Karol Markowicz has a piece today about cancel culture and the college students who signed on to reprehensible anti-Israel or even pro-Hamas statements, driving donors to pull funding for major higher ed institutions and even leading some professors to say flat-out: don’t hire the people who signed these.
I’ve written repeatedly about the difficulty and sloppy definition of the term “cancel culture,” and why I think most people struggle to define it and just fall back on their priors: if someone I like is getting yelled at, it’s cancel culture; if someone I don’t like is getting yelled at, it isn’t. Pew had a pretty comprehensive report two years ago on this, and there’s definitely a need to update this in light of the Bud Light situation:
Overall, 58 percent of US adults say in general, calling out others on social media is more likely to hold people accountable, while 38 percent say it is more likely to punish people who don’t deserve it. But views differ sharply by party. Democrats are far more likely than Republicans to say that, in general, calling people out on social media for posting offensive content holds them accountable (75 percent vs 39 percent). Conversely, 56 percent of Republicans — but just 22 percent of Democrats — believe this type of action generally punishes people who don’t deserve it.
I’ve seen many people claim that the reaction to these student statements after the attacks on Israel is an illustration of conservative/small-l liberal hypocrisy on the issue. But it just isn’t, not if you have a consistent and clear definition of the term. The letter signers have taken a clear political position in support of a terrorist military group who raped and murdered women, children and babies. There are consequences for that. There have always been consequences for that! If you drive into your job interview with a giant ISIS flag on the back of your Toyota pick-up, you’re probably not going to get the job!
Cancel culture is really not what many people claim it is. It ought to be properly understood as unfairly canceling normal people from their jobs for saying things that are at worst an apology level offense — such as a bad joke, a sexist comment, a racial epithet, or something similar.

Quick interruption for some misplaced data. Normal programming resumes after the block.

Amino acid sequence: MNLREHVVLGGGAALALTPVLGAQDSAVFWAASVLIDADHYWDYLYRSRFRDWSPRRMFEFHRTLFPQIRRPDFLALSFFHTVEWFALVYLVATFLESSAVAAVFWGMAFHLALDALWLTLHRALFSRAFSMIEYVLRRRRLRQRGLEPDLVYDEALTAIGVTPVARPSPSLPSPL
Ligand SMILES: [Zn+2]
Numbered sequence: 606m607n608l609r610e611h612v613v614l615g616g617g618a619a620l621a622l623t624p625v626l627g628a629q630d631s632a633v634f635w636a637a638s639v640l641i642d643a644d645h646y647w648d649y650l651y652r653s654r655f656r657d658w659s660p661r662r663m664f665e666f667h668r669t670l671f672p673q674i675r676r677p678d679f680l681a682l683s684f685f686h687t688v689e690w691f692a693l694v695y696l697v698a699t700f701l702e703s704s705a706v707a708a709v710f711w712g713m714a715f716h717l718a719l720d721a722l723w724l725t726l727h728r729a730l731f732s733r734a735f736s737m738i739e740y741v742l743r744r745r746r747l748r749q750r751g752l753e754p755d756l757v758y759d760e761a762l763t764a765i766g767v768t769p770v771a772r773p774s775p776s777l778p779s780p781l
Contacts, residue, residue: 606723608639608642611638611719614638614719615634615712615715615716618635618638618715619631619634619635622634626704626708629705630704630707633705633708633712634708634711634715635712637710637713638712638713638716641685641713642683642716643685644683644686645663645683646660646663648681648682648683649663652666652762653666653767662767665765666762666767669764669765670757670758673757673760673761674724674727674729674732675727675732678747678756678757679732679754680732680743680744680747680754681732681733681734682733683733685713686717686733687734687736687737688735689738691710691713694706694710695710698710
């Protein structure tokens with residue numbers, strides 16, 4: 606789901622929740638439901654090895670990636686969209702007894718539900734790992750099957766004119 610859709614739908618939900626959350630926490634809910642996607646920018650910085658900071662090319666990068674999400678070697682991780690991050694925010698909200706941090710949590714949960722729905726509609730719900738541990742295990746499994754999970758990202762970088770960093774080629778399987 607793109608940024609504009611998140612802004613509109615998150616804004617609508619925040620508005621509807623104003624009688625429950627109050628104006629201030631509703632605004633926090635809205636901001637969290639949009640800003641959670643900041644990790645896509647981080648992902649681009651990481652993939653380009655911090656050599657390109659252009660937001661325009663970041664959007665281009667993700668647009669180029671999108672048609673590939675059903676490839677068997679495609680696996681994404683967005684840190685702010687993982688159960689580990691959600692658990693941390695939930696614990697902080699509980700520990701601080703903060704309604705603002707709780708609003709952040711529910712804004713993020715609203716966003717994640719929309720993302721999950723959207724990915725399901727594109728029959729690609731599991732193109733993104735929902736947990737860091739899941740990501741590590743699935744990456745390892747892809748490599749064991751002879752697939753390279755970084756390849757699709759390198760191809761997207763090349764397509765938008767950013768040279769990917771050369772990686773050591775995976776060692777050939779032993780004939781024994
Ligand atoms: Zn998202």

The point is that for most of the history of American life, you could apologize for these things and move on. Consider the OG cancel culture story of the internet age, Justine Sacco. It’s the equivalent of: “I’m sorry Karen overheard me quoting that Jimmy Carr joke, I won’t tell it again.” Instead, you lose everything.
Normal people in this sense means: people outside public life, random students, small business owners and people who aren’t on TV. So Josh Hawley losing his book deal over big ideological differences is not cancel culture (he can and did get a new deal), but a random high school student who said a racial epithet at fifteen and lost her cheerleading scholarship is perhaps the perfect definition of cancel culture.
The point is that the rules are different and they always have been. Are we to believe Mel Gibson is the only person to use racist and sexist language toward an arresting officer? Of course not. His tirade only mattered because he’s Mel Gibson. If he was just a random drunk guy, such an incident shouldn’t have had such a damning impact on his career.
The standard is also elevated if you work in the field of media or politics, working in Congress or elsewhere in a prominent place. Your comments matter more, and taking a position on something has consequences. That’s why calling for Ilhan Omar to be censured is not cancel culture. She’s expected to live up to a higher standard. If she was just Ilhan Omar, local antisemite, who cares?
Cancel culture applies an uneven standard. It treats the casual comments of normal everyday Americans as if they are a brand ambassador or a member of Congress or a major Hollywood actor who must always be careful what they say. They aren’t Gilbert Gottfried losing AFLAC. They’re just normal Americans, even if they have a blue check.
The difference with these students? They didn’t make a casual comment. They all signed on to a letter expressing an actual position that may have negative consequences for them. That’s not an apology level offense — oops, I accidentally backed terrorists! — it’s a political position. They’re not being canceled for doing something like saying a slur. They’re hurting their future job prospects by outing themselves as supporters of terrorism. That’s not new, and it’s not cancel culture.